So, some of you may know this, but I have spent every Thursday afternoon of the last year at Fox Hollow Assisted Living calling Bingo numbers for a spunky group of elderly folks. Today was my last day doing this, as I need to focus on the move. I've been telling them for 6 weeks now to prepare them, but of course half of them were surprised. For my parting gift to them, I paid my mom--a massage therapist--to bring her chair and give free chair massages.
I began volunteering a year ago when I saw a flyer at the local market looking for people to come in and spend time with the folks there. I had actually been looking for a volunteer opportunity because I think it is an important aspect to expose my children to--but what could I do and bring the kids with me? Fox Hollow sounded perfect, a chance for not only my children to be around the seniors of our society but also for them to get to spend some time with fresh, boisterous youth. Our tendancy to segregate ages in our culture is not, in my opinion, healthy. I arranged a meeting with the activities director and she showed me their weekly schedule--I thought that the Thursday afternoon Bingo game fit my schedule and the kids could play in the large room while I called numbers.
Well, it was nice idea but it wasn't very realistic for Mayan. At 3 1/2 she needed too much attention and the people that came down were there to play Bingo. Keeping Mayan happy and calm while having a sleeping 18 month old on my back AND trying to call the numbers--wasn't happening. Not to mention, Mayan's sinuses began to swell from the old lady fragrance. We didn't get too much done that first day, but I didn't want to back out. Instead Blake watched Mayan while I took Isadore who usually took naps during this time slot. For a few months, she would fall asleep in the car, I'd transfer her into the Ergo and she'd nap the first 1/2 hour, then wake up sweaty-faced and red-cheeked and nurse (while I hollered out "G 52" and the like) and then someone would always offer to hold her for the last round or two. This worked out pretty well for a few months. As she got closer to 2 though, she quit napping became more mobile, and really just got into things and distracted me from my task. Soon, to the disappointment of the group, I left both girls with Blake and came in by myself. They got over it pretty quick though because I could focus and talk and laugh with them, and this is where they started to become my friends. I felt good that even though my vision to volunteer with the girls didn't work out, at least I was setting an example. Not to mention it was nice to get away and do something for others on my own!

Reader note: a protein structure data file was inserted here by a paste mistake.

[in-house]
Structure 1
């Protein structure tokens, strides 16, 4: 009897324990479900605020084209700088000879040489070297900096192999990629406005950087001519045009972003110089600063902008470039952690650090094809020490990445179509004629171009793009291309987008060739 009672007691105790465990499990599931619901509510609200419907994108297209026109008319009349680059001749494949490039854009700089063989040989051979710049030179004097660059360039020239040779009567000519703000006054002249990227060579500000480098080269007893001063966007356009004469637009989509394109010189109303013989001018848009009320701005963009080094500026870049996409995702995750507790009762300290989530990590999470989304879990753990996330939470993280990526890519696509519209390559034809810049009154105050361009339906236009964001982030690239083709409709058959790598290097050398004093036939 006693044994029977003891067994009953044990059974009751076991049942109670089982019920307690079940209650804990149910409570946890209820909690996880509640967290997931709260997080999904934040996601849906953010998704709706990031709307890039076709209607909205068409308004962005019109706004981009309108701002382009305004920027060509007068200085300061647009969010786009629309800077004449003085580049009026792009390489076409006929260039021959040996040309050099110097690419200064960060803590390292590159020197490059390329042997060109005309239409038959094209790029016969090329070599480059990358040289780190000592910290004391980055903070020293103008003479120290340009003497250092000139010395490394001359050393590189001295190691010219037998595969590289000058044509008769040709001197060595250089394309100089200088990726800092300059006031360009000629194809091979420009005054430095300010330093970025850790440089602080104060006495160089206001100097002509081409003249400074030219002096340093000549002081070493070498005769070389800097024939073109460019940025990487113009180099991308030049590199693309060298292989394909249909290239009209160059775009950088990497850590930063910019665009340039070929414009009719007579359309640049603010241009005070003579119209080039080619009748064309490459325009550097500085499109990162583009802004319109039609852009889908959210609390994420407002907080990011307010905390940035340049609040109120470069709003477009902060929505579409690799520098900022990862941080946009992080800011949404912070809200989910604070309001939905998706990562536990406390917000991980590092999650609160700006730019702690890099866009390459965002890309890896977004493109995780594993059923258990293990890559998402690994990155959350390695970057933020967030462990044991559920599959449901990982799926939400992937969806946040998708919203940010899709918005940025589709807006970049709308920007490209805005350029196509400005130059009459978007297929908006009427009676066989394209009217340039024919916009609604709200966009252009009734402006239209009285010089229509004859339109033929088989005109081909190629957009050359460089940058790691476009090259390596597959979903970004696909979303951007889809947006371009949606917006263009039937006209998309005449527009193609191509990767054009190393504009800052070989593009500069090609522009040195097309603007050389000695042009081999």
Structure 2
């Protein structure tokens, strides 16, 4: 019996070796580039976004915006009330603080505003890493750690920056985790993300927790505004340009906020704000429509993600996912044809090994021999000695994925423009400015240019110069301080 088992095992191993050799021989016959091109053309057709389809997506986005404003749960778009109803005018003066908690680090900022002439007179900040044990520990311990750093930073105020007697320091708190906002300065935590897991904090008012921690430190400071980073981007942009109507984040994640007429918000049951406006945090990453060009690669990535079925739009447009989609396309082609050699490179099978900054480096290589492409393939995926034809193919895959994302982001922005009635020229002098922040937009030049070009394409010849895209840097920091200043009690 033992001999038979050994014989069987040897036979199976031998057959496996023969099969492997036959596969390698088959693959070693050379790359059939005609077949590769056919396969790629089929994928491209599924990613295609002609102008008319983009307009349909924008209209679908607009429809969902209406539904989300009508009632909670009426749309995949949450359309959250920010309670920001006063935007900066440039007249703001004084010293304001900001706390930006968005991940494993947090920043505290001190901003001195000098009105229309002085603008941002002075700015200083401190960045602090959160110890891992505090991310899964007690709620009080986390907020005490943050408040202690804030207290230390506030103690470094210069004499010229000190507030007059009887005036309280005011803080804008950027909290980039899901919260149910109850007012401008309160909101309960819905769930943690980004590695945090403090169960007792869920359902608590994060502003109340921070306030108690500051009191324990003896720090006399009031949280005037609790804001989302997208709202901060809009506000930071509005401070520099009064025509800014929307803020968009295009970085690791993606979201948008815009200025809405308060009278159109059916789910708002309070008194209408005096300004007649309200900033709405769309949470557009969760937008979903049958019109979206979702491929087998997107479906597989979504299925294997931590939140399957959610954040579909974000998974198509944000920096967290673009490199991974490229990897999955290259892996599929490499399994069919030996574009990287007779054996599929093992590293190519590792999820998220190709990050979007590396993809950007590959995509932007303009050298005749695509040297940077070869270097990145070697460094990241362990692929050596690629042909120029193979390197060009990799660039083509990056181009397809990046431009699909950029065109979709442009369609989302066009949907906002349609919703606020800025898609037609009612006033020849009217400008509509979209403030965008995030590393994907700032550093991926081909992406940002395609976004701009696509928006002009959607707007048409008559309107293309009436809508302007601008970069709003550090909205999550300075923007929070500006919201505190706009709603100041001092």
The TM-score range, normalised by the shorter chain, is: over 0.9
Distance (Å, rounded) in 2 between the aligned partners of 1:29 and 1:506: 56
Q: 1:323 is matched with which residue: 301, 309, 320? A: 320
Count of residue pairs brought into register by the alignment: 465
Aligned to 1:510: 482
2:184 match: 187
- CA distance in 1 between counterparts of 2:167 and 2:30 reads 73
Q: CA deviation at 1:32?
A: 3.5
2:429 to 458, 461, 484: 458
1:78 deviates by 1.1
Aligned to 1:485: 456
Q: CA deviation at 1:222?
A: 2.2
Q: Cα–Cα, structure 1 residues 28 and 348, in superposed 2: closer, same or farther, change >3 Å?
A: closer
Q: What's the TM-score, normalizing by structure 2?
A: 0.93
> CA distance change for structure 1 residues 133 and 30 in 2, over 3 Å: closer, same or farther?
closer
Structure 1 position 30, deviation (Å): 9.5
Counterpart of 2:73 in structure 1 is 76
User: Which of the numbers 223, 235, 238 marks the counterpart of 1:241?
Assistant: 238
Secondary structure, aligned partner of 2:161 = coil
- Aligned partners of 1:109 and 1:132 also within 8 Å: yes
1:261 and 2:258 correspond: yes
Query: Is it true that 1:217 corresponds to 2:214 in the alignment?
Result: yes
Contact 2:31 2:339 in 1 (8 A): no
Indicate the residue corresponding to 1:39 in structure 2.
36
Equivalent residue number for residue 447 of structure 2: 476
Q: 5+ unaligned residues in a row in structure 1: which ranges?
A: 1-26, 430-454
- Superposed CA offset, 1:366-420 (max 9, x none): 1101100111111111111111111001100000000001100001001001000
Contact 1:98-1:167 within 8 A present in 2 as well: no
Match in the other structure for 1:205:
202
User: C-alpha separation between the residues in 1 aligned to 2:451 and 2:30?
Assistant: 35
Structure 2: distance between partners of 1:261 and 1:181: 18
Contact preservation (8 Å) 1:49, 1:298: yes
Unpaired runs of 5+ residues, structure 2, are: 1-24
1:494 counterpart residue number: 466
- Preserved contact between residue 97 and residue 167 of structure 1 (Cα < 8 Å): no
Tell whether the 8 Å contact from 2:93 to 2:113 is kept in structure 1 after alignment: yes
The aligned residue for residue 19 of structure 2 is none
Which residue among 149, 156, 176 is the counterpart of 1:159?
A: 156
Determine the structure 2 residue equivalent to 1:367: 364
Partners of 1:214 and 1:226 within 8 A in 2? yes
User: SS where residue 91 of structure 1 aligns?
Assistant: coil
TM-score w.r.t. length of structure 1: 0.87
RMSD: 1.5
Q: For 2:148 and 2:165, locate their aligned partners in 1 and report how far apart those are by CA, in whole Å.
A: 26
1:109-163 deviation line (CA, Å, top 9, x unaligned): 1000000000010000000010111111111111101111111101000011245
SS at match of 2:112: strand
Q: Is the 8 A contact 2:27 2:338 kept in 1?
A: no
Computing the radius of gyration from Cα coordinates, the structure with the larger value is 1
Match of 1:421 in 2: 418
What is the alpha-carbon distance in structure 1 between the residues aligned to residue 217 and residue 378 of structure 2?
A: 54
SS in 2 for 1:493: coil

These last few weeks I have been bringing the girls--Mayan is older (and I crack a window for her to get fresh air if the smell starts to get to her sensitive nose) and Isadore also can be entertained by drawing with her sister and putting the Bingo balls in the cup for me--and eating snacks! Today, my last hurrah, I just brought Mayan and my mom. We had fun, the residents LOVED getting their free ten minute massages, and instead of the normal crappy Bingo prizes that the director fills the basket with (tissues, beef jerky, lip balm, loofas...) I went to the bank and got a stack of Sacajawea dollar coins. These folks are total penny-pinchers and they were stoked to get a prize that they could use. I chose the Sacajawea coins because it has the image of her with large earrings carrying a child on her back--a little memory of me and Isadore in those first months.